Karen Koren: Mirror mirror on every wall

The outlook tower at the Camera Obscura.
The outlook tower at the Camera Obscura.
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I ENJOYED a very productive weekend when old friends visited from London. It had been a while since they had been in the Capital and they were very keen to see the sights.

We took them to Camera Obscura, which was a place that I realised I hadn’t visited for more than 25 years.

It has been an attraction since 1835. I had no idea that they had expanded, all six floors give visual impact, illusions, puzzles, tricks and a hands-on experience.

The Tiny Toddlers Fest was in full swing on Saturday. We nearly left as it appeared to be complete chaos, lots of screeching tots and queuing. However, we persevered and I am very glad we did, as it was really fun.

The mirror maze was fascinating, though distressing when toddlers blindly ran into mirror walls.

I, on the other hand, was cautious and felt my way through.

The vortex tunnel was much more challenging, as it was hard not to feel nauseous after walking through the tunnel with a revolving light show spinning around.

The Ames Room was the ultimate illusion where the Alice in Wonderland dream comes true – at one end of the room you seem tiny and the other end, a giant.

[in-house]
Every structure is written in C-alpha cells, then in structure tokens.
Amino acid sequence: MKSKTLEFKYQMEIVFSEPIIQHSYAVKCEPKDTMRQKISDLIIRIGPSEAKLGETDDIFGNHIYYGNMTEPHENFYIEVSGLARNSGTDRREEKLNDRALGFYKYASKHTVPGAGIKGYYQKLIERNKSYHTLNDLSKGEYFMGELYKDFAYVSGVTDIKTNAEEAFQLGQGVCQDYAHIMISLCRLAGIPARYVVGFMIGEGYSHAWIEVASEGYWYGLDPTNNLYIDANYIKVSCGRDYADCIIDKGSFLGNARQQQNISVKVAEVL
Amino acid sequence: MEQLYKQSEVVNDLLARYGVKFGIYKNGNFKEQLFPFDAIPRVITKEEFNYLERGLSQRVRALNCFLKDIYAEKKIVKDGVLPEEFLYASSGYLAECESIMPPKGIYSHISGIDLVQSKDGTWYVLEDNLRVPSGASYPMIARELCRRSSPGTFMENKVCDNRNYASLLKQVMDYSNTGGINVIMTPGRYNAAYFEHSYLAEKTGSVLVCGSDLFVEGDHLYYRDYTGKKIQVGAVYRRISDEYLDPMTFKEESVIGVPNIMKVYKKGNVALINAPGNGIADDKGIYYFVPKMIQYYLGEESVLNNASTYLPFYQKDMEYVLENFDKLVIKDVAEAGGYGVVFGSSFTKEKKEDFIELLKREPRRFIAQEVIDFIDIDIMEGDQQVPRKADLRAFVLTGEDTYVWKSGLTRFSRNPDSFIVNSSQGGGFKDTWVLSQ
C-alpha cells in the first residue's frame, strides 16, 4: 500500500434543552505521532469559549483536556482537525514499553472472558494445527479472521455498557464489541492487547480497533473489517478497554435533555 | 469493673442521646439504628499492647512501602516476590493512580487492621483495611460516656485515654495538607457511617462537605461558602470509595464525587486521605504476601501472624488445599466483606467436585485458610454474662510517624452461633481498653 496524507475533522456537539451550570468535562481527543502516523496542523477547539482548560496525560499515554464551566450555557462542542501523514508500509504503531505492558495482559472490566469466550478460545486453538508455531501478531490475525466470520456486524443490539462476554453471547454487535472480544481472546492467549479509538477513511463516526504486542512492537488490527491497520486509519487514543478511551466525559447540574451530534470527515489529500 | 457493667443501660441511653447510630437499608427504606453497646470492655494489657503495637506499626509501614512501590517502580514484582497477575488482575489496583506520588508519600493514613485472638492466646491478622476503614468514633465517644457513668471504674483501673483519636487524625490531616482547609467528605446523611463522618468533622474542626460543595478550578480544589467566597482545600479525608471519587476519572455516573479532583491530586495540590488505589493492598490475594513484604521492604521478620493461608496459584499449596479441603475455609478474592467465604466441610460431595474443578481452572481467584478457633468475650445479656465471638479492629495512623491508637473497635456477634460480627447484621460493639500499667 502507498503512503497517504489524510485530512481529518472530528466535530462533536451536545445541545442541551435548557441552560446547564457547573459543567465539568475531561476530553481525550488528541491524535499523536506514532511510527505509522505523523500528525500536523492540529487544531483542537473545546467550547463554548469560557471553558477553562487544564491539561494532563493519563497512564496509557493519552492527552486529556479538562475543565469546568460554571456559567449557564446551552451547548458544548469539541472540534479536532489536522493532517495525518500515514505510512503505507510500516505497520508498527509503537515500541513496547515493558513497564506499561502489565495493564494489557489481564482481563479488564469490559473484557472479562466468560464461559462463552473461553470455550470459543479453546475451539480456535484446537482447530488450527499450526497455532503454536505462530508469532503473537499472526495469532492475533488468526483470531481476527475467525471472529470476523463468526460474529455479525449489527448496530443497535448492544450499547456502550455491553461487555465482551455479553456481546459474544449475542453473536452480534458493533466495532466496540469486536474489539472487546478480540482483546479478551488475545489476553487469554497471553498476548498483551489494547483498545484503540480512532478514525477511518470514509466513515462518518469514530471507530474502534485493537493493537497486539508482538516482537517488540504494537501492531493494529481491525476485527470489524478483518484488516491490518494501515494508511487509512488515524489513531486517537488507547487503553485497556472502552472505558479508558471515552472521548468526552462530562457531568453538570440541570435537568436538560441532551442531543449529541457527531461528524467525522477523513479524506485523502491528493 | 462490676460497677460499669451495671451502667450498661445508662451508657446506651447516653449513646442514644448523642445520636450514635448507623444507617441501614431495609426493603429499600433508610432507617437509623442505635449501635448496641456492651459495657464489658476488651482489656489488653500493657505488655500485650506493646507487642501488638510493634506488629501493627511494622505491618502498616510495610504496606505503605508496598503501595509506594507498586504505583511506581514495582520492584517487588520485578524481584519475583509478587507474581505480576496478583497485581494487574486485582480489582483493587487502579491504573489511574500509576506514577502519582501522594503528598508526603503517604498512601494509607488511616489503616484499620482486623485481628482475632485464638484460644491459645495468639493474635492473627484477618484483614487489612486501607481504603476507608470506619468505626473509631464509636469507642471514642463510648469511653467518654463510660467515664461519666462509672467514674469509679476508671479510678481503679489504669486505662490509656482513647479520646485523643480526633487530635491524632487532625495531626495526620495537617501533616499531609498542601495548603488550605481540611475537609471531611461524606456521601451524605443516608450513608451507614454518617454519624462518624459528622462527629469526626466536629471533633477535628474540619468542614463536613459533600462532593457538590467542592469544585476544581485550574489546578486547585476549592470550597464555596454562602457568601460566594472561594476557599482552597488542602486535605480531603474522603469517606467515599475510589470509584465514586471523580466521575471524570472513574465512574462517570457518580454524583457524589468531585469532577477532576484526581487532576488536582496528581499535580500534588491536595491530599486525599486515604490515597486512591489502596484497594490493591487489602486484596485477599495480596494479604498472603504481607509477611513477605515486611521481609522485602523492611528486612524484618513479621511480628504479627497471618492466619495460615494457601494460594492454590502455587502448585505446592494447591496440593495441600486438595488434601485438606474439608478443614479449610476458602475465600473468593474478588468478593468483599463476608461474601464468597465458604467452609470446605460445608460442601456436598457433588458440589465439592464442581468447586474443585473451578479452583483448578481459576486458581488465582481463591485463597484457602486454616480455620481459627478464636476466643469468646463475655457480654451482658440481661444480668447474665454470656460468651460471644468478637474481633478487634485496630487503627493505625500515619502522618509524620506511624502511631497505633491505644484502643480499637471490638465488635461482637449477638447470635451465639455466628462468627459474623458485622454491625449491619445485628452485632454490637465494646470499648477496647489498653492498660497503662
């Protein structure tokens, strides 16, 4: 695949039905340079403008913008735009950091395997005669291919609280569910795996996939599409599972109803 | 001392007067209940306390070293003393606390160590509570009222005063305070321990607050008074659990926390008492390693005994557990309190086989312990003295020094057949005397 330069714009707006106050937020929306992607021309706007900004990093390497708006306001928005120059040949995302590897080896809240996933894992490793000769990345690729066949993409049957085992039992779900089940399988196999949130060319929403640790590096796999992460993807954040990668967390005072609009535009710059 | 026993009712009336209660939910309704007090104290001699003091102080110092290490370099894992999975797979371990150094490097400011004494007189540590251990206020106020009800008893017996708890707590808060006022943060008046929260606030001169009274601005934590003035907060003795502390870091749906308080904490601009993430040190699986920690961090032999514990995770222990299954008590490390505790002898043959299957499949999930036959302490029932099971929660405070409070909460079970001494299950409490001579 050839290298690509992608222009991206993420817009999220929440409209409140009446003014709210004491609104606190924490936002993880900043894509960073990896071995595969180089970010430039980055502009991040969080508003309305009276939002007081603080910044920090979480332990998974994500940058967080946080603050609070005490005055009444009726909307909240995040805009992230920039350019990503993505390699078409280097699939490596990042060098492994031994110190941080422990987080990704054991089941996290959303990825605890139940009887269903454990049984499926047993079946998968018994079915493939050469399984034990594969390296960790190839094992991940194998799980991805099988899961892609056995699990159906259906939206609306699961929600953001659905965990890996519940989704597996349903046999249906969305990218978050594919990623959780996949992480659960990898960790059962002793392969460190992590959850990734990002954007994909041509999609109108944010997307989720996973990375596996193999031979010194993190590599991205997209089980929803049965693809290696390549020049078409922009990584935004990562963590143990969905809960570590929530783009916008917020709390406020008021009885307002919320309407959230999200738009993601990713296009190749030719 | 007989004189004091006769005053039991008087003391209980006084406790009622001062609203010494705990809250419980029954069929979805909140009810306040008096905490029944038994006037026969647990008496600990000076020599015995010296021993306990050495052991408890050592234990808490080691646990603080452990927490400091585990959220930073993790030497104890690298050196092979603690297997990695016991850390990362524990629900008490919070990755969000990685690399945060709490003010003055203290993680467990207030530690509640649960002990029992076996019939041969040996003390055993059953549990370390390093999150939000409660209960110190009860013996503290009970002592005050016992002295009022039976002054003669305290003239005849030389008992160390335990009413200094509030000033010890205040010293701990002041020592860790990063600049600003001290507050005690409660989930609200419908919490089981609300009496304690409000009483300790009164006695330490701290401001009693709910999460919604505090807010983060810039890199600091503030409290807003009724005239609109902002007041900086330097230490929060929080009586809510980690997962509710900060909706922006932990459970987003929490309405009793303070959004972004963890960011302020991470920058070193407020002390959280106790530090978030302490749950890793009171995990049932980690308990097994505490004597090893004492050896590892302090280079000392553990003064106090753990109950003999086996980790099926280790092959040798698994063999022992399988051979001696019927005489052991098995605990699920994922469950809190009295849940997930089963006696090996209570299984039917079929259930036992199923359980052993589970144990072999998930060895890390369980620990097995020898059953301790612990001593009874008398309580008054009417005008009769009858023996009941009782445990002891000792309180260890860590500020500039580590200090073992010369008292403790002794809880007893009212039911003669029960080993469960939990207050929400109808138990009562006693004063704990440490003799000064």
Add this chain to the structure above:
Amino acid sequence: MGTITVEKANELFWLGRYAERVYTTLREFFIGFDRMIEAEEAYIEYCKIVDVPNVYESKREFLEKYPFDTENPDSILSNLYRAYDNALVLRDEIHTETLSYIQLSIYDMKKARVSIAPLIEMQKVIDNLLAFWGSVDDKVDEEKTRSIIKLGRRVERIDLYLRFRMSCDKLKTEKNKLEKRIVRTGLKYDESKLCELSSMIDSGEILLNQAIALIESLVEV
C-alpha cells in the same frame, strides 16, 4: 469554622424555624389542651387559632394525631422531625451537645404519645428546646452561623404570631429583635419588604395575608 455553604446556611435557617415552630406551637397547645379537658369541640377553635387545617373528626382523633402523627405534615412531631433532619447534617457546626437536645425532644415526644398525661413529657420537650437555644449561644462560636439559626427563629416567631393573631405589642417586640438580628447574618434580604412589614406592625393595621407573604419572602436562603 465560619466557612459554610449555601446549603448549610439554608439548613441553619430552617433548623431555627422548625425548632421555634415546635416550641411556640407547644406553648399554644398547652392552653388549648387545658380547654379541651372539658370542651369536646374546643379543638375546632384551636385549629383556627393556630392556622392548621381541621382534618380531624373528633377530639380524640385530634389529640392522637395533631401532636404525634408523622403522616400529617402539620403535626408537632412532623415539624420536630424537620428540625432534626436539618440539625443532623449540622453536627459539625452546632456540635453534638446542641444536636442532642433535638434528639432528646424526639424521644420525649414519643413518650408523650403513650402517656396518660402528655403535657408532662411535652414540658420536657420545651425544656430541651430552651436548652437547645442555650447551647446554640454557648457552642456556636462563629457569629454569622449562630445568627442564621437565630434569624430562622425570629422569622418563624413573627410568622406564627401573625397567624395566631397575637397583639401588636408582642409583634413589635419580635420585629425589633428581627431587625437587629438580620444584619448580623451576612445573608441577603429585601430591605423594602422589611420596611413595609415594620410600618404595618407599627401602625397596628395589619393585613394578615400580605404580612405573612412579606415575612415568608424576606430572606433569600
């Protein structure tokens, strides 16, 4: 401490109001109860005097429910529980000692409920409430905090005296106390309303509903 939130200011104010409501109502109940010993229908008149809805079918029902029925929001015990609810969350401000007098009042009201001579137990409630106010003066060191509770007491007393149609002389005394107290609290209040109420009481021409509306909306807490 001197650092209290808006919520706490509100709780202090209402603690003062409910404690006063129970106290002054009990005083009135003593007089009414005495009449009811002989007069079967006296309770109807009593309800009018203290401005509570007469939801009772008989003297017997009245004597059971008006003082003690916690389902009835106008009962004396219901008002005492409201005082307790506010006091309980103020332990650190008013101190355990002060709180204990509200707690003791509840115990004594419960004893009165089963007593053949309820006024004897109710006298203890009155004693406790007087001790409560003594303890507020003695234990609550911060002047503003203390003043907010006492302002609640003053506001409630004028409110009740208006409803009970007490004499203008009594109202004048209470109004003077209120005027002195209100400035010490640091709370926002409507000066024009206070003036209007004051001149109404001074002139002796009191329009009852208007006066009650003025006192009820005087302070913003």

The only disappointment was the Camera Obscura itself, which is 180 years old, but because it was a dull day and I was standing on the second level, I could only see greyness, which was a shame. I know it would not be that on a bright, sunny day.

Later that day we had the ultimate challenge and went to Locked In, Edinburgh, which is a game where up to five people are locked in a room and have to figure out how to get out.

This happens in the Old Veterinary School at Summerhall. It was scary and taxing, trying to work out, within an hour, how to get out of the room. We managed with one minute to spare.

I would highly recommend trying it for yourselves, it’s a really good way to spend an evening with friends.